The kids are all back at school, Marc is out of town, and I have reserved this week to do a final edit of my manuscript.
“But how do you do that?” my son asked me last night at dinner.
“Well,” I told him, “I start on page one and I begin to read the entire thing out loud.”
And then, I explained, I look for areas where there are continuity breaks. For example when I was working on a chapter yesterday I noticed that I had written about “taking Motrin *again*” and yet I hadn’t mentioned any previous times that we had taken it. Oops – I went back and added that first instance.
Gone are the days of using a red pen, now I read out loud from the screen to find words that have been dropped and spellings that made it through spell check but were the wrong word. (Form instead of from.) All edits are done using my computer.
If I come across a passage that is particularly clunky and I can’t think of how to fix it, I highlight it to remind me to come back to it and I move on.
Quotation marks that weren’t added because they are a pain in the neck when you are brain dumping your story need to be added to dialogue.
When you read out loud, you “hear” the areas where your voice might have changed. Where you (I) might have added a snarky bit that doesn’t add anything to the story – out it comes.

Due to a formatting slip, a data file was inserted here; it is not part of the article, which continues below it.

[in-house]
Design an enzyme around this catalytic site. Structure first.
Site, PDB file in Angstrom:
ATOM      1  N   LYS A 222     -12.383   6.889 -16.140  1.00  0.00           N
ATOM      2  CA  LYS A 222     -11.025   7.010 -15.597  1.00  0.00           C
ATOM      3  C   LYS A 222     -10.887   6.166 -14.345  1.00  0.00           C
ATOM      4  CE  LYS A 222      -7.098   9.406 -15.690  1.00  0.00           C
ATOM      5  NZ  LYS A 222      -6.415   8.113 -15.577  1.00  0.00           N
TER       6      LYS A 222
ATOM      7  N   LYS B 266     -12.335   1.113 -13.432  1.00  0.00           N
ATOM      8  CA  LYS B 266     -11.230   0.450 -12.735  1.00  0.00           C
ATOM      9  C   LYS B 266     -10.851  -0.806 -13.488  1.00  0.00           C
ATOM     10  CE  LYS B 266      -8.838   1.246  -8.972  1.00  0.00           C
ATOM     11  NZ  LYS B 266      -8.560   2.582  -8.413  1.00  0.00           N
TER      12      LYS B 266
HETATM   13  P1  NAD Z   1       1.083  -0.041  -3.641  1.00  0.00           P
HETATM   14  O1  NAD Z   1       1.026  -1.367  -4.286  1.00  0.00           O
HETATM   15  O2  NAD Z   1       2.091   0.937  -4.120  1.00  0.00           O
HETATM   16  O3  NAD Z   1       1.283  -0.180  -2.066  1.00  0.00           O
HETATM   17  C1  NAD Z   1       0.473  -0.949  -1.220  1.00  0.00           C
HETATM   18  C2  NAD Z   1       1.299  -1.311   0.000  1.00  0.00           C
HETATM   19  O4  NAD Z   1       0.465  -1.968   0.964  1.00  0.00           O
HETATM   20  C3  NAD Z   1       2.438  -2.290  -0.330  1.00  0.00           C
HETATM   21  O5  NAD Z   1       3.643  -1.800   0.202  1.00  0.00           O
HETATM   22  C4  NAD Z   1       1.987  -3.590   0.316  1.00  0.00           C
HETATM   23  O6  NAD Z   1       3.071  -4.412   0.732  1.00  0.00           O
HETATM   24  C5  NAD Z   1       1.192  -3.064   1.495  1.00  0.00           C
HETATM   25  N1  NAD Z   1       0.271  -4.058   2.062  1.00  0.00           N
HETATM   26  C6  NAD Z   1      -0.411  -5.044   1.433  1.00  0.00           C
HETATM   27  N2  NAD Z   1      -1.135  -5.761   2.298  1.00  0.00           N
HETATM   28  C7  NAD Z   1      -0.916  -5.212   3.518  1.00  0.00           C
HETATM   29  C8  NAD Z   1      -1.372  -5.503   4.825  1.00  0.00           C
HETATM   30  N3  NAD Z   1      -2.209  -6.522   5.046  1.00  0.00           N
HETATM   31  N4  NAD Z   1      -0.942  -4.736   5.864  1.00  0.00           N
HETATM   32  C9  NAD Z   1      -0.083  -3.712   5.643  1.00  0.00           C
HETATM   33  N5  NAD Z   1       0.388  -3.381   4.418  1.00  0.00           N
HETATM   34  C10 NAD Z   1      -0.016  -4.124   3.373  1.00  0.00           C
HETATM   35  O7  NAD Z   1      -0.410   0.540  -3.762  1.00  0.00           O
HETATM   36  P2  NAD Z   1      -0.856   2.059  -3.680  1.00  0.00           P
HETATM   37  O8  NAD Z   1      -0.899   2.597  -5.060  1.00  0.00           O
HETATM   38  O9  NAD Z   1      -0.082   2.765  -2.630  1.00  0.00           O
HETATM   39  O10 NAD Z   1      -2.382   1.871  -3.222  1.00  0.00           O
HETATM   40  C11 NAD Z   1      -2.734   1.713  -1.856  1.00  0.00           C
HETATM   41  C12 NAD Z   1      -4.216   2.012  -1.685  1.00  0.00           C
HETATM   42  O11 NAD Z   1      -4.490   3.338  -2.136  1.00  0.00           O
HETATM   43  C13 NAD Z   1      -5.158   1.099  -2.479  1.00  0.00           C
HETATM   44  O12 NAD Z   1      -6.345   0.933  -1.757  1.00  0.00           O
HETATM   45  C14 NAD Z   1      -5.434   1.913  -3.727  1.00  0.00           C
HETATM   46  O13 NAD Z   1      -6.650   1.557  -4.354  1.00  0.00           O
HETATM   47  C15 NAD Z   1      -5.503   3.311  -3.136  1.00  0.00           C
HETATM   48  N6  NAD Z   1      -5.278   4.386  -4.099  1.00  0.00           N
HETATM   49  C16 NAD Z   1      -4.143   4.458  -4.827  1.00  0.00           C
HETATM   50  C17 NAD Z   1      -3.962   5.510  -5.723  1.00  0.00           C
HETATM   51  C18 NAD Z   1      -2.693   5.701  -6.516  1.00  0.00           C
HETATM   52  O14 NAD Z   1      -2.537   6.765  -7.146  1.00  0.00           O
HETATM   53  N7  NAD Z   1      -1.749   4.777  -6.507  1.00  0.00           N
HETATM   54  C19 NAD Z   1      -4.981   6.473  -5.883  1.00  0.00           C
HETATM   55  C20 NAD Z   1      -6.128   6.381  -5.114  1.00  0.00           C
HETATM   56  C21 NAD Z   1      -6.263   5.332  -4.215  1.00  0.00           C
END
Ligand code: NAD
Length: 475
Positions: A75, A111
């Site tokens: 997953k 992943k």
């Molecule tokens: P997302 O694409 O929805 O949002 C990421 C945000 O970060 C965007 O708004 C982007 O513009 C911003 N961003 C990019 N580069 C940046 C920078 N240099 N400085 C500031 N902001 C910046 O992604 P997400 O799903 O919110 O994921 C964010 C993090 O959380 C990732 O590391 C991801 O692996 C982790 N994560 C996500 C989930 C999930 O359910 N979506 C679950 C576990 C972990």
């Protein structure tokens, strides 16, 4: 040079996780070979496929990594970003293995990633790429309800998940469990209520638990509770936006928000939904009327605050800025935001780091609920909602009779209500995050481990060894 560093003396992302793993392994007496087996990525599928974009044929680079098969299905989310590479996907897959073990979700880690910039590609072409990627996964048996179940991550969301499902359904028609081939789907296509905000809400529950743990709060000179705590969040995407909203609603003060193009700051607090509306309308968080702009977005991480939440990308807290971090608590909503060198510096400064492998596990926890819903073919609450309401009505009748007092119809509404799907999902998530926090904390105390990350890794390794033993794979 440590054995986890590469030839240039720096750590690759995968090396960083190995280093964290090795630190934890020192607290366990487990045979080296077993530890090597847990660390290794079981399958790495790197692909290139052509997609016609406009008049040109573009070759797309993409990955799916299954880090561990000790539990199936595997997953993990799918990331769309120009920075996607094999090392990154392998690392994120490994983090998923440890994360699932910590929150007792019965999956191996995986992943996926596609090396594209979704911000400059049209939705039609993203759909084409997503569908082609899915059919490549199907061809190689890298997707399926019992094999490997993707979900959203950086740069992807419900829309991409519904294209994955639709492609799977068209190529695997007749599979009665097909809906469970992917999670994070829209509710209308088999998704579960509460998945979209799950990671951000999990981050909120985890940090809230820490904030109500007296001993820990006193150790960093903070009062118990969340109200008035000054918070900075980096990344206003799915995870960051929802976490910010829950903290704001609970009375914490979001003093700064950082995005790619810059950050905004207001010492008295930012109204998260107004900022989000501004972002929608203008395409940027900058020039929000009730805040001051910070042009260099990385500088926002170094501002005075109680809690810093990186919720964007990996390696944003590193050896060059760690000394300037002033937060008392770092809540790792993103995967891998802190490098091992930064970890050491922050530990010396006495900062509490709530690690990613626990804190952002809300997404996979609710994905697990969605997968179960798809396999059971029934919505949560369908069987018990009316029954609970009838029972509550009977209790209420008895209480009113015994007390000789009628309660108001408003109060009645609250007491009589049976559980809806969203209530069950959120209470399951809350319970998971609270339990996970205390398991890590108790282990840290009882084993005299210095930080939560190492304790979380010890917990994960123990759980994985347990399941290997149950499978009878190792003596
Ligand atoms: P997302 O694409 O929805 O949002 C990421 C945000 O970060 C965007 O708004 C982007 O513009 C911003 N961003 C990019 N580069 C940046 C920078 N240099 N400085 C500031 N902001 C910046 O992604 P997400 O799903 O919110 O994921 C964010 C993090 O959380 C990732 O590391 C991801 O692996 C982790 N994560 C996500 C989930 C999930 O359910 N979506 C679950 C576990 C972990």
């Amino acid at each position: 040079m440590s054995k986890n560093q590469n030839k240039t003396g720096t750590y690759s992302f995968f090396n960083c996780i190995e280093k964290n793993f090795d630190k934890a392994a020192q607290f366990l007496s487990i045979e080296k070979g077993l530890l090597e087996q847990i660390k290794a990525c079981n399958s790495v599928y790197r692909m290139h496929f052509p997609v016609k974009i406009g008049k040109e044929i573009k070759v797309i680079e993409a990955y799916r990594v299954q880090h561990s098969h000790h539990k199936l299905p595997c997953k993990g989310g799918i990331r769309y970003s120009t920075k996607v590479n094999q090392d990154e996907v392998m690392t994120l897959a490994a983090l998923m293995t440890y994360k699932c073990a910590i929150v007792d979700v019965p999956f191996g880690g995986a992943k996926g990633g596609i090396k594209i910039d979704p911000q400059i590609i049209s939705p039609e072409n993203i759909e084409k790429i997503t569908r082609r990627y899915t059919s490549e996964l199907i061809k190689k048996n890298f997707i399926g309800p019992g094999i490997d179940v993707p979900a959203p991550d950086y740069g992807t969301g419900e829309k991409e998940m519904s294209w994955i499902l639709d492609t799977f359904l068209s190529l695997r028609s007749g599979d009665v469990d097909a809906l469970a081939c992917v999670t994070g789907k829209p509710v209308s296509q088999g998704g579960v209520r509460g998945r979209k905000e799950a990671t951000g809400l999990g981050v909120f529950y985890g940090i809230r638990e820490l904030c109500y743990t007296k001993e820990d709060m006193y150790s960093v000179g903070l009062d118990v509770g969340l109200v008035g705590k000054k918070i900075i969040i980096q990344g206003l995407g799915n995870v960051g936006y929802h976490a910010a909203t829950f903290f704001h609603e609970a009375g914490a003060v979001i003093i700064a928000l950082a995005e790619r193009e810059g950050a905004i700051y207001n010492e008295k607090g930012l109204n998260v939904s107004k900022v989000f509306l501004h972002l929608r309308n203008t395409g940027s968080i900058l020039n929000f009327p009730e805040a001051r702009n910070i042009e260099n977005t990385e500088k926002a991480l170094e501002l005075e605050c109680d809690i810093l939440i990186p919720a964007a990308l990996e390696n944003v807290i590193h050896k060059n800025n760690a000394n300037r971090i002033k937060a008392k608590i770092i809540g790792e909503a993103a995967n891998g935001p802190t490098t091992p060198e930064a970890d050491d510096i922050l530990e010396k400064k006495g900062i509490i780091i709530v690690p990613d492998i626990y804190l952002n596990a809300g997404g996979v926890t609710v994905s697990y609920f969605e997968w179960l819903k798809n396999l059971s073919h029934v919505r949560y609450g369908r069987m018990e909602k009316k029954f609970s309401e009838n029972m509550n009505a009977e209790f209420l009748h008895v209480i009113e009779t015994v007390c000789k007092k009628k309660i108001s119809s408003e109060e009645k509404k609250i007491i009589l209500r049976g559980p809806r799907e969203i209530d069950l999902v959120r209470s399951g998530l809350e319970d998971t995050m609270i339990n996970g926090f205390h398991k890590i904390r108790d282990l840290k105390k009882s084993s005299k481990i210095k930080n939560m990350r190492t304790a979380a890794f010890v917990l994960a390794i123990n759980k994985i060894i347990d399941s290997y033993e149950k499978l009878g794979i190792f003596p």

When I read out loud, I also hear where I might have gone a little too light on descriptions. I stop to recall what it was I saw and felt and I add in those details.
I also hear some of the repetition that I didn’t seem to catch when I wrote the piece. When spoken, those words jump out front and center.
Reading out loud isn’t for everyone, it’s a slow process and I have to have absolute silence which is why this week is so good to do it – Please don’t interrupt me when I’m deep in my story.
But for me, it’s the best method for a review.
How about you? How do you do a final edit?
Wendy Thomas is an award winning journalist, columnist, and blogger who believes that taking challenges in life will always lead to goodness. She is the mother of 6 funny and creative kids and it is her goal to teach them through stories and lessons.
Wendy’s current project involves writing about her family’s experiences with chickens (yes, chickens). (www.simplethrift.wordpress.com) She writes about her chickens for GRIT, Backyard Poultry, Chicken Community, and Mother Earth News.